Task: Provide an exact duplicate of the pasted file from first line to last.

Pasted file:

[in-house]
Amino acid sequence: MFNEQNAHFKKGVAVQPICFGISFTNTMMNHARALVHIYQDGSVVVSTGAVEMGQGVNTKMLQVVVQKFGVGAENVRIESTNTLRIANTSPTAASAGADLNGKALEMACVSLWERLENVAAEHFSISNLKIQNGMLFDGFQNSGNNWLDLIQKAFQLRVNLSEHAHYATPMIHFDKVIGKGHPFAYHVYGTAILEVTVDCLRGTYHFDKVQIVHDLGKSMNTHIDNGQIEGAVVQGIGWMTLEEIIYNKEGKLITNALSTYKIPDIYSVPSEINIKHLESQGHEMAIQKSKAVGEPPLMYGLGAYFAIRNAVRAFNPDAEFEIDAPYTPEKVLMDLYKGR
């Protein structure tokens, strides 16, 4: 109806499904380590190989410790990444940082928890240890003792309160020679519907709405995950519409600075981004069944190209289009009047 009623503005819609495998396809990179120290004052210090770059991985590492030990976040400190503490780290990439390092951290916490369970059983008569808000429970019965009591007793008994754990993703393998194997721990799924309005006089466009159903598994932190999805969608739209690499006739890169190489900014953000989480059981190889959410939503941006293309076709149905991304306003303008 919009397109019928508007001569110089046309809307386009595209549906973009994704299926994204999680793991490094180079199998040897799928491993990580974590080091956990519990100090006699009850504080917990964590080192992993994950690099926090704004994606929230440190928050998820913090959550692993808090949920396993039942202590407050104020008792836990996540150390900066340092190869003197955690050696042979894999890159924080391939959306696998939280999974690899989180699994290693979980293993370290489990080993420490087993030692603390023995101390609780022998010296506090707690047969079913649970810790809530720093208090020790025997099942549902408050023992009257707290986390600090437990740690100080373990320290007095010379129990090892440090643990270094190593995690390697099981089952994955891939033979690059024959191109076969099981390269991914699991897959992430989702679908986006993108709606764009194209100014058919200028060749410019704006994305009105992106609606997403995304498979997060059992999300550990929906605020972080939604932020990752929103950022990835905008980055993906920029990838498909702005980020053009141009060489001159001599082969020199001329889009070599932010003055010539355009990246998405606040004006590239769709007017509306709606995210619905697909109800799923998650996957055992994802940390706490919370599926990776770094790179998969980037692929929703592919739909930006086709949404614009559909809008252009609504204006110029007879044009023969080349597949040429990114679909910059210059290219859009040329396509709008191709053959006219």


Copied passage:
[in-house]
Amino acid sequence: MFNEQNAHFKKGVAVQPICFGISFTNTMMNHARALVHIYQDGSVVVSTGAVEMGQGVNTKMLQVVVQKFGVGAENVRIESTNTLRIANTSPTAASAGADLNGKALEMACVSLWERLENVAAEHFSISNLKIQNGMLFDGFQNSGNNWLDLIQKAFQLRVNLSEHAHYATPMIHFDKVIGKGHPFAYHVYGTAILEVTVDCLRGTYHFDKVQIVHDLGKSMNTHIDNGQIEGAVVQGIGWMTLEEIIYNKEGKLITNALSTYKIPDIYSVPSEINIKHLESQGHEMAIQKSKAVGEPPLMYGLGAYFAIRNAVRAFNPDAEFEIDAPYTPEKVLMDLYKGR
């Protein structure tokens, strides 16, 4: 109806499904380590190989410790990444940082928890240890003792309160020679519907709405995950519409600075981004069944190209289009009047 009623503005819609495998396809990179120290004052210090770059991985590492030990976040400190503490780290990439390092951290916490369970059983008569808000429970019965009591007793008994754990993703393998194997721990799924309005006089466009159903598994932190999805969608739209690499006739890169190489900014953000989480059981190889959410939503941006293309076709149905991304306003303008 919009397109019928508007001569110089046309809307386009595209549906973009994704299926994204999680793991490094180079199998040897799928491993990580974590080091956990519990100090006699009850504080917990964590080192992993994950690099926090704004994606929230440190928050998820913090959550692993808090949920396993039942202590407050104020008792836990996540150390900066340092190869003197955690050696042979894999890159924080391939959306696998939280999974690899989180699994290693979980293993370290489990080993420490087993030692603390023995101390609780022998010296506090707690047969079913649970810790809530720093208090020790025997099942549902408050023992009257707290986390600090437990740690100080373990320290007095010379129990090892440090643990270094190593995690390697099981089952994955891939033979690059024959191109076969099981390269991914699991897959992430989702679908986006993108709606764009194209100014058919200028060749410019704006994305009105992106609606997403995304498979997060059992999300550990929906605020972080939604932020990752929103950022990835905008980055993906920029990838498909702005980020053009141009060489001159001599082969020199001329889009070599932010003055010539355009990246998405606040004006590239769709007017509306709606995210619905697909109800799923998650996957055992994802940390706490919370599926990776770094790179998969980037692929929703592919739909930006086709949404614009559909809008252009609504204006110029007879044009023969080349597949040429990114679909910059210059290219859009040329396509709008191709053959006219």